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The Daily Cardinal Est. 1892
Monday, May 20, 2024

State workers to rally for raises

UW-Madison students and Wisconsin state employees will rally at the Capitol today in support of more competitive wages and increased benefits for state workers as part of the Student and Labor Day of Action.  

 

 

 

The employees, who hold various classified UW-Madison positions, are requesting a wage increase as well as more paid time off.  

 

 

 

According to the American Federation of State, County and Municipal Employees local 171, more than 34,000 state employees have been working without a contract since July 1 and are not satisfied with the current contract proposed by the Wisconsin Legislature.  

 

 

 

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UW-Madison custodial workers receive $8.68 per hour, 20 percent less than 15 years ago when compared to inflation, said Mark Thomas, a Blue Collar representative on the Council 24 Bargaining Team.  

 

 

 

'If you have a family and are living on these wages, you are living in poverty,' Thomas said.  

 

 

 

Kevin Boatright, assistant vice president of UW System Communications, said he too was anxious about the UW System classified employees' situation.  

 

 

 

'We've been concerned for awhile,' he said. 'We are supportive of the [employees'] desire to receive competitive wages they can live with,' he said.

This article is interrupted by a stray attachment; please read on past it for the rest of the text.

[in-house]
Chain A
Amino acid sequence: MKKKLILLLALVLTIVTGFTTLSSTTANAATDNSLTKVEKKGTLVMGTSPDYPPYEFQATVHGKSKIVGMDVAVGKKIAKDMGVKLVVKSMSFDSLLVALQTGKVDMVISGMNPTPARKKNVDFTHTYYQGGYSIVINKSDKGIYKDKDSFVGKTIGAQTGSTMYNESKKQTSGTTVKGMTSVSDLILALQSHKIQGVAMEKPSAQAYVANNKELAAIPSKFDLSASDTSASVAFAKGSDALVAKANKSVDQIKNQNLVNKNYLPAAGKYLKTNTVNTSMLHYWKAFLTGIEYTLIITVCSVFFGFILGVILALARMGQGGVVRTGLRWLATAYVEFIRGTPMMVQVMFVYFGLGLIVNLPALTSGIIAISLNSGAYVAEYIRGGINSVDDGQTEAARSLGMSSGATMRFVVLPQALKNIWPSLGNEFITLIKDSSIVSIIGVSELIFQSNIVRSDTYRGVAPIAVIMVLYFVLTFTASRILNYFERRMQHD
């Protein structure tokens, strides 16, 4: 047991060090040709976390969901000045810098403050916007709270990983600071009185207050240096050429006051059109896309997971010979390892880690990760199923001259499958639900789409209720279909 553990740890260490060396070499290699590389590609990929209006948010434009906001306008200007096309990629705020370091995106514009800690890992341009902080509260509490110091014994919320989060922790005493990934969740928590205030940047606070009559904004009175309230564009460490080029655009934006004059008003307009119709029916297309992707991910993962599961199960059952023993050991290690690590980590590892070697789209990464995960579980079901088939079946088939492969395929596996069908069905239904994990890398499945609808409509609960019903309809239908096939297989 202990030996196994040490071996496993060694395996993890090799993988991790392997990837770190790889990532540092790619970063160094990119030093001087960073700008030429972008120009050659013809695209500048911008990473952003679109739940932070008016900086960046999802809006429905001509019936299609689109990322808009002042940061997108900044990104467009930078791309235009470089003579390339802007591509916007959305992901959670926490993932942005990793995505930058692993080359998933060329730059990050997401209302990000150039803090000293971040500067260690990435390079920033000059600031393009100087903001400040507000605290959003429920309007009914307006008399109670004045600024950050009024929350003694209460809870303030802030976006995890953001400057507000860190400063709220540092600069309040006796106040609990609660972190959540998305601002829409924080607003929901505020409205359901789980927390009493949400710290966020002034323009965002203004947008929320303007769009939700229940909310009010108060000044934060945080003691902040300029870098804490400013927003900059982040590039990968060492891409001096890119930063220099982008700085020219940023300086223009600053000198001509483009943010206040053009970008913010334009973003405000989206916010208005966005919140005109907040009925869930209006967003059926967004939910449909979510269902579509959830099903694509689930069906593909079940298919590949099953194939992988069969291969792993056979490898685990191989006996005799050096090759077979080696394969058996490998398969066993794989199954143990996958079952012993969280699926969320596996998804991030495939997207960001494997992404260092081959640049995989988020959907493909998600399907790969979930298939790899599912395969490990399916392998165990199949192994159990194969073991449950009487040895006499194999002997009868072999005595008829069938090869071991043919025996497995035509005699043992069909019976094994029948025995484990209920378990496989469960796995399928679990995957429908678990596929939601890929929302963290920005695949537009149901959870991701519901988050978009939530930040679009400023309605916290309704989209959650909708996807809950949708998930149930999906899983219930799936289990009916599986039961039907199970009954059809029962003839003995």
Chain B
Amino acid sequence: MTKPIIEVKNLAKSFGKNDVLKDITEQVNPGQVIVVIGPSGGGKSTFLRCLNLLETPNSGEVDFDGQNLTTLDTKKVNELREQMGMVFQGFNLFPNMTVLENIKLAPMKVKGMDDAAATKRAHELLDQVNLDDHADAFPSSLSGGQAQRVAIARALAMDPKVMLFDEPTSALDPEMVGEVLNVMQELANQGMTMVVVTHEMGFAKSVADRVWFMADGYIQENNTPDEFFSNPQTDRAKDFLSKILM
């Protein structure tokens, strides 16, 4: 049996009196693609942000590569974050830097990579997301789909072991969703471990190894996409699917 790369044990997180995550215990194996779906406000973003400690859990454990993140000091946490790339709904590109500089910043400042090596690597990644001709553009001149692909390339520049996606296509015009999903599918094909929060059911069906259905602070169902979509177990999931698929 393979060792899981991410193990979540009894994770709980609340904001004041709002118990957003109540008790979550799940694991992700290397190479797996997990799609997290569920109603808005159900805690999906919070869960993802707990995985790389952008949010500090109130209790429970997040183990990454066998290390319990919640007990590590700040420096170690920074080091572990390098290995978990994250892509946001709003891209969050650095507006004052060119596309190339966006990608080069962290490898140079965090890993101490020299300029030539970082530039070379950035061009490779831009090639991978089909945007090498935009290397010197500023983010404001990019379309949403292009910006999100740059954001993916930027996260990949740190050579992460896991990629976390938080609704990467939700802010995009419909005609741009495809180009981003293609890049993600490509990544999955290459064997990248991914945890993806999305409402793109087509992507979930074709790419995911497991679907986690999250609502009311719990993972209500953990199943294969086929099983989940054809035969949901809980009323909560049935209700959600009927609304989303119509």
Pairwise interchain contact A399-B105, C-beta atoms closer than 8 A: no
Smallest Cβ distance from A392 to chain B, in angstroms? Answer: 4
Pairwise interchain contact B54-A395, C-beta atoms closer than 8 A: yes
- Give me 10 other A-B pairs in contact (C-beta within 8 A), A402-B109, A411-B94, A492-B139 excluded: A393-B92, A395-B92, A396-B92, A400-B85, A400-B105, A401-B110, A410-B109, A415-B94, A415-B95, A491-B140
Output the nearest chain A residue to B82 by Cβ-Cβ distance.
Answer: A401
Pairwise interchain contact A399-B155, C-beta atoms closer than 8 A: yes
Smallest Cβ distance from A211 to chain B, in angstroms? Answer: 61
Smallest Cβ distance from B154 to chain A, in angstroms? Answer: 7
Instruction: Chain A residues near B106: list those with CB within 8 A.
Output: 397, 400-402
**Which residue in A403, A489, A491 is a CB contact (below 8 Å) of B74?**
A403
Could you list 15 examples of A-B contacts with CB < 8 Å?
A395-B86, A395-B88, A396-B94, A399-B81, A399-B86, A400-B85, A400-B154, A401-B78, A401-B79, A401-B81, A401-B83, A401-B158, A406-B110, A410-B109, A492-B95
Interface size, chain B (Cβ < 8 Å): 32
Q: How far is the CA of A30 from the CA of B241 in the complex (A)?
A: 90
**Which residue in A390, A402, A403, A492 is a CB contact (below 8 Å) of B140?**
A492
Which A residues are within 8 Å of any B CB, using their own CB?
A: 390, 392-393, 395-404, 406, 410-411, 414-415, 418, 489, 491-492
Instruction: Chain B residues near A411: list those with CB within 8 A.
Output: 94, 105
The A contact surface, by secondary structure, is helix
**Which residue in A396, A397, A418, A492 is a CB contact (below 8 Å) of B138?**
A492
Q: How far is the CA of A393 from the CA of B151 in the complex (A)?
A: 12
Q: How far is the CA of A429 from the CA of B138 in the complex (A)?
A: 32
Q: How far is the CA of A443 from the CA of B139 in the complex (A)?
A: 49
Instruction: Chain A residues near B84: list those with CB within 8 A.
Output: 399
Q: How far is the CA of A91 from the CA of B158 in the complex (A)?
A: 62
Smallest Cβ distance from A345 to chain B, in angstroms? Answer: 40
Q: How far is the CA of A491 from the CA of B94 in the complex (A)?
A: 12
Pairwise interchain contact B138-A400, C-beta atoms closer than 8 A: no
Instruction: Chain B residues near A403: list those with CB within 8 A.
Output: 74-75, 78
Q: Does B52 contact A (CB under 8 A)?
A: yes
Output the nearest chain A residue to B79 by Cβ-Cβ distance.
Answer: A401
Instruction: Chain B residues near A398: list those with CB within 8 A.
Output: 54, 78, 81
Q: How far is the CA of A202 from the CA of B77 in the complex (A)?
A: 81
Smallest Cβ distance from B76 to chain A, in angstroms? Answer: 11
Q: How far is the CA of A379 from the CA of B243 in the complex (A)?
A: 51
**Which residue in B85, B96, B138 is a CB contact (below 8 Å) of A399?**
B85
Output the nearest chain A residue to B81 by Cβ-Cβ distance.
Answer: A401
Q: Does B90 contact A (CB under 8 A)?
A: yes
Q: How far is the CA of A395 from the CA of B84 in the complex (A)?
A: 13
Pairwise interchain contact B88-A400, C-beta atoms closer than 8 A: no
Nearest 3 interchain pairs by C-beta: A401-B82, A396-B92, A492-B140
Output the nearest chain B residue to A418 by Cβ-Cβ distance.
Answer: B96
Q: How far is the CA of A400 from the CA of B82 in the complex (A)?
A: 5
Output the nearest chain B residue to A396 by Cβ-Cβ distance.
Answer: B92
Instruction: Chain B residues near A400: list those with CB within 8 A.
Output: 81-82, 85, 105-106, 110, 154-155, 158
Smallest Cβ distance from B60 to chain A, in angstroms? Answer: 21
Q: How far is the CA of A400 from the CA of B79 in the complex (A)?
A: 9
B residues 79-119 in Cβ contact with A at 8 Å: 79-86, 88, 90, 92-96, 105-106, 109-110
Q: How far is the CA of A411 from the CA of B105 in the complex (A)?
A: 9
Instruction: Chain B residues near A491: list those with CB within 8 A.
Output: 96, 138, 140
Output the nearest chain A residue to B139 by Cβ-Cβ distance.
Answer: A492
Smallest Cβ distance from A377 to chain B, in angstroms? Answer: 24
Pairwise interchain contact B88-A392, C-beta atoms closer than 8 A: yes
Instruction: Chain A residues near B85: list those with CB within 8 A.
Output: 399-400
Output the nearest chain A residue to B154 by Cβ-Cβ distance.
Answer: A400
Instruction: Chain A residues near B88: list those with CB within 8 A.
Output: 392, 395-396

The state offered a 5.5 percent life-of-contract wage increase for state workers to begin July 2001, even though the predicted inflation rate of the U.S. economy was near 7 percent. 

 

 

 

Employees are also concerned with the level of turnover in various state agencies. 

 

 

 

'We're hoping to bring out the short term thinking of the government office,' Thomas said. 'They are spending more money on hiring new people ... than on keeping their current employees.'  

 

 

 

The governor's office was not available to comment on the rally.  

 

 

 

A similar situation began Oct. 1 when Minnesota's two largest state unions rejected contract offers and went on strike for more than two weeks, leaving almost 23,000 state positions vacant. Minnesota Gov. Jesse Ventura was forced to deploy nearly 1,000 National Guard members to fill the state's most specific positions, such as nursing home employees.  

 

 

 

An agreement was reached Oct. 15, giving AFSCME Council 6 employees a 3.5 percent wage increase and a cap on prescription drug co-pays, while the Minnesota Association of Professional Employees received a 3 percent raise.  

 

 

 

According to Bill Franks, chair of the Bargaining Support Committee of American Federation of Teachers local 4848, there will not be a strike in Wisconsin, as it is illegal to do so.  

 

 

 

'[A strike] would signify a certain sign of desperation in a pretty high-risk situation,' he said. 'Even though we are getting signs from the governor and his folks that they are not willing to bend, that may not totally be the case.'  

 

 

 

The state workers rally will begin at 4:30 p.m. on the King Street corner of Capitol Square. Students will meet at Library Mall at 3:30 p.m. and will then march to the Capitol.

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